For Rafael Nadal, the 2007 season was in many ways a mirror image of 2006 - a slow start to the season highlighted by a beatdown in the Australian Open quarterfinals at the hands of Fernando Gonzalez, an as-expected successful clay court season capturing his third straight French Open crown, a run to the Wimbledon final losing a nail-biter to Roger Federer, and another disappointing US Open campaign followed by a lackluster fall to end the season.
(image via AP Photos)
In a very revealing interview with Spanish newspaper El Pais, the World No. 2 discusses his lingering foot injury, the never-talked about aftermath of his Wimbledon loss to Federer, current doping policies and controversies, and where his mental and physical health is now. (The interview was originally conducted in Spanish, but translated to English via Talk Tennis.)
Q: You’ve played this entire year without a lot of physical training for endurance.
RF: I have never said it, because it sounds like an excuse. I don’t like to talk about injuries. I do physical training everyday, except I can’t run. But now, during the pre-season, I am going to try. Ever since my foot injury in 205 (sic), I am very careful and I avoid running. And that shows. I need to get my physical form as I play matches, and it’s hard because I don't have a good foundation.
Q. Weren't you injured during Roland Garros?
RF: I played all of Roland Garros with a numbed, anesthetized foot. I didn’t want to go to the hospital so as not to put doubts into my head. I knew it was noting (sic) serious. My foot hurt. I went to the hospital after the final, and I had a small contusion.
Q. What have you done to counter this problem?
RF: I swim, I run inside the pool to get endurance, I do rowing, bicycle, the elliptic machine… But from experience, I know it does not replace running. It does not give you the same kind of confidence. It’s hard.
Q. What happened in the locker room after that [Wimbledon] final? There are some rumors going around…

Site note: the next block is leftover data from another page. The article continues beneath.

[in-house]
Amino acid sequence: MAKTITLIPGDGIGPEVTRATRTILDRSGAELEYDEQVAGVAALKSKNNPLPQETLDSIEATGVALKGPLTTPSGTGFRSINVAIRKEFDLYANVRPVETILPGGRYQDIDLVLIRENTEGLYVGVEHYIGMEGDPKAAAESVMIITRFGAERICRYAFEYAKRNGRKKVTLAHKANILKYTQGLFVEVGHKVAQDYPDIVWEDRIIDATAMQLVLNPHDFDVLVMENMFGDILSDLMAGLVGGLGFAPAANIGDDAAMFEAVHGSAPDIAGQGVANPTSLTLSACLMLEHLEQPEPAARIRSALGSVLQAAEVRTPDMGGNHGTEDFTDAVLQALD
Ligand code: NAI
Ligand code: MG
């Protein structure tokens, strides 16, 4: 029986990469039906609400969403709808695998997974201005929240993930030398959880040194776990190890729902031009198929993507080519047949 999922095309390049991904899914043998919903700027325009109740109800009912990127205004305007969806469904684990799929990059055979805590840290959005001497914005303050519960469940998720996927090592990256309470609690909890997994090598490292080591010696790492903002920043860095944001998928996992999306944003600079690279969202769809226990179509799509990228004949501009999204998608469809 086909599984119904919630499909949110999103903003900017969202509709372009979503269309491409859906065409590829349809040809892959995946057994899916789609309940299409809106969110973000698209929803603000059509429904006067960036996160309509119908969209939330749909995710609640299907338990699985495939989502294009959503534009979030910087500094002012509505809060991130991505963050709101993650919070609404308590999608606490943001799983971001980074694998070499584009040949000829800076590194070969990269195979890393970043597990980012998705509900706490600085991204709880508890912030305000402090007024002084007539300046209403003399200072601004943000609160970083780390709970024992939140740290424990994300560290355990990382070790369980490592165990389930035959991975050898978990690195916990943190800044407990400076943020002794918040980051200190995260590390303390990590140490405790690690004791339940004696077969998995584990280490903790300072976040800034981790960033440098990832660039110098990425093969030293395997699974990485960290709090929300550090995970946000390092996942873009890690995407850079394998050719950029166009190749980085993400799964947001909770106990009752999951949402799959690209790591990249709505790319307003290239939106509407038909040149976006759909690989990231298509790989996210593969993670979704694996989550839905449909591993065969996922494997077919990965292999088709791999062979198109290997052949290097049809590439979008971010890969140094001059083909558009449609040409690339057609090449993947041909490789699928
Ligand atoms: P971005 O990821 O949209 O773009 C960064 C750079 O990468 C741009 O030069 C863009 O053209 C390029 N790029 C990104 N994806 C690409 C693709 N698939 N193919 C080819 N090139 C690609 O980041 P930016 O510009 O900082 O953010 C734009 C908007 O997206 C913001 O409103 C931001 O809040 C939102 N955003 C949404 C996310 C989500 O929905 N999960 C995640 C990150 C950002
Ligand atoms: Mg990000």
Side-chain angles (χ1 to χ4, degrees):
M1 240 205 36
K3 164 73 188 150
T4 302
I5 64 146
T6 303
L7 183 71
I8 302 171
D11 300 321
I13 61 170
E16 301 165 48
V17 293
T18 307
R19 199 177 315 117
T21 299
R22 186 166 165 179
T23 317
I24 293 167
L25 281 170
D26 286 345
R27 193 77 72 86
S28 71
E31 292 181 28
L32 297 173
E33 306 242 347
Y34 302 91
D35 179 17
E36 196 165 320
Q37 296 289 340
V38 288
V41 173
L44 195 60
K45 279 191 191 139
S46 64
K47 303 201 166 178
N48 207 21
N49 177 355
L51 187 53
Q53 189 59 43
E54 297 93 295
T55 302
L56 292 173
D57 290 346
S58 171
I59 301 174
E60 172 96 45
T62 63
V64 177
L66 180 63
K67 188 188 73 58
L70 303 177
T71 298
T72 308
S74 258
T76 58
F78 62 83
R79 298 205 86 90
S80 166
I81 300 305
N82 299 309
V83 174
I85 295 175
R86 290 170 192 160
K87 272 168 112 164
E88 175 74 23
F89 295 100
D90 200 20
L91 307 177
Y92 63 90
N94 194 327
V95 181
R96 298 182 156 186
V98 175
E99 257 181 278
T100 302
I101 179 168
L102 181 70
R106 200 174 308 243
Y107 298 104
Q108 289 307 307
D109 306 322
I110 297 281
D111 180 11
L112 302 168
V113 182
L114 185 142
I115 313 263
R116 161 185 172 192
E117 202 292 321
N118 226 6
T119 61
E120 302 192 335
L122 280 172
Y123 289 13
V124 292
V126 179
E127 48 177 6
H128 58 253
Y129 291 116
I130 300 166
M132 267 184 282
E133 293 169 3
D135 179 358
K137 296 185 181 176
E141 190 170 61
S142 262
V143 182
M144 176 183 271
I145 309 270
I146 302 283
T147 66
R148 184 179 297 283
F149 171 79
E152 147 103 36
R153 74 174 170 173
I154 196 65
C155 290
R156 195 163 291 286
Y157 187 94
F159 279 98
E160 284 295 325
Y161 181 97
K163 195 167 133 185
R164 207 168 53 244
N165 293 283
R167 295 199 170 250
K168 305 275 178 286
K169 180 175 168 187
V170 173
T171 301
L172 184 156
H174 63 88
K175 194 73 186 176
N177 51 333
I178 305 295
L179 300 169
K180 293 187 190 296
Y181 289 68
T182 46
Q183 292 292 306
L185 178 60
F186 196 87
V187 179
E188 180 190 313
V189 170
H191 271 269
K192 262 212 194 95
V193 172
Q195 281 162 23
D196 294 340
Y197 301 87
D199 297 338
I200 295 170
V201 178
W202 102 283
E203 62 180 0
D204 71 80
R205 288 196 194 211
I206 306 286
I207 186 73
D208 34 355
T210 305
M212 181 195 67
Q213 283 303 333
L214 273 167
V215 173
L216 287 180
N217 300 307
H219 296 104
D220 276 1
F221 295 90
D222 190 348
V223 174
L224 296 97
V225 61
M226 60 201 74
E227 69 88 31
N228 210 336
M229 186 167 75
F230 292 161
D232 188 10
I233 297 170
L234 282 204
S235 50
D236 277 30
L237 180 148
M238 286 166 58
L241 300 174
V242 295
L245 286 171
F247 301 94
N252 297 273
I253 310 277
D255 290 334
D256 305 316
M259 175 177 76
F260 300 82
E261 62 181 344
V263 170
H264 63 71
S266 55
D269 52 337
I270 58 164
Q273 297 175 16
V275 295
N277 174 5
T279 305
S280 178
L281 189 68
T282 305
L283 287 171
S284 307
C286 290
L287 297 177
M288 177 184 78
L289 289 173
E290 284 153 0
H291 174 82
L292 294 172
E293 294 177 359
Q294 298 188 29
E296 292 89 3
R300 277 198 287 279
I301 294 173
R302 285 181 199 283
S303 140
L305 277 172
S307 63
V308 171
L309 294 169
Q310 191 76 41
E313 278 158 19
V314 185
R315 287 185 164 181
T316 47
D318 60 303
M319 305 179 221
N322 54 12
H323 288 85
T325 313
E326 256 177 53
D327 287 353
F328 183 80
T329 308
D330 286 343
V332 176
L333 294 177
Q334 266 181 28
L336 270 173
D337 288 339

RF: I kept myself together pretty well during the ceremony, I didn’t want to act like a child. But once I arrived in the locker room , I sat down, and naturally, after losing the final of the tournament that thrills me the most, against the number one player, and having had lots of opportunities, I started to cry – out of disappointment, sadness. It was the only match where I cried afterwards last year, and one of the few where I’ve done it in my entire life. It was a very even match. I spent 20 or 25 minutes totally crushed. Once people started to arrive, I sat in a bathtub. They were coming to encourage me. I would thank them and ask them to leave me alone. I don’t like to be seen crying.
Q. At some point, your uncle Toni even proposed he stop being your coach.
RF: This year, when things weren’t going well at the beginning, he did suggest that. I said no. That was not the problem I thought I had enough strength in me to turn the situation around, with no need of a new coach. Toni is, and will continue to be, my coach.
Q. Do [the media] ask you questions about doping more than any other player?
RF: I don’t feel more persecuted, but mistreated. A lot of these things seem ridiculous to me. When I finished my match against Ferrer, I had to stay there until midnight because I couldn’t pee. I ate on the floor.
Q. Now, a positive result would get four year’s suspension.
RF: A Frenadol [cold medicine], a Vicks Vaporub... it's considered doping. We have to be aware that, often, just a little oversight can become doping. I don’t know if Martina Hingis has taken cocaine. Do you think that’s going to help her? To me, it wouldn’t at all. And yet, they destroy her image. I am disgusted by drugs, but some things are just ridiculous. We the players should have more solidarity among ourselves, be strong, protest. We are not united. I am gone all the month of December and I have to report where I am going to be every single day. It’s ridiculous. You say to yourself: Why am I being treated as a criminal?
(image via AP Photos)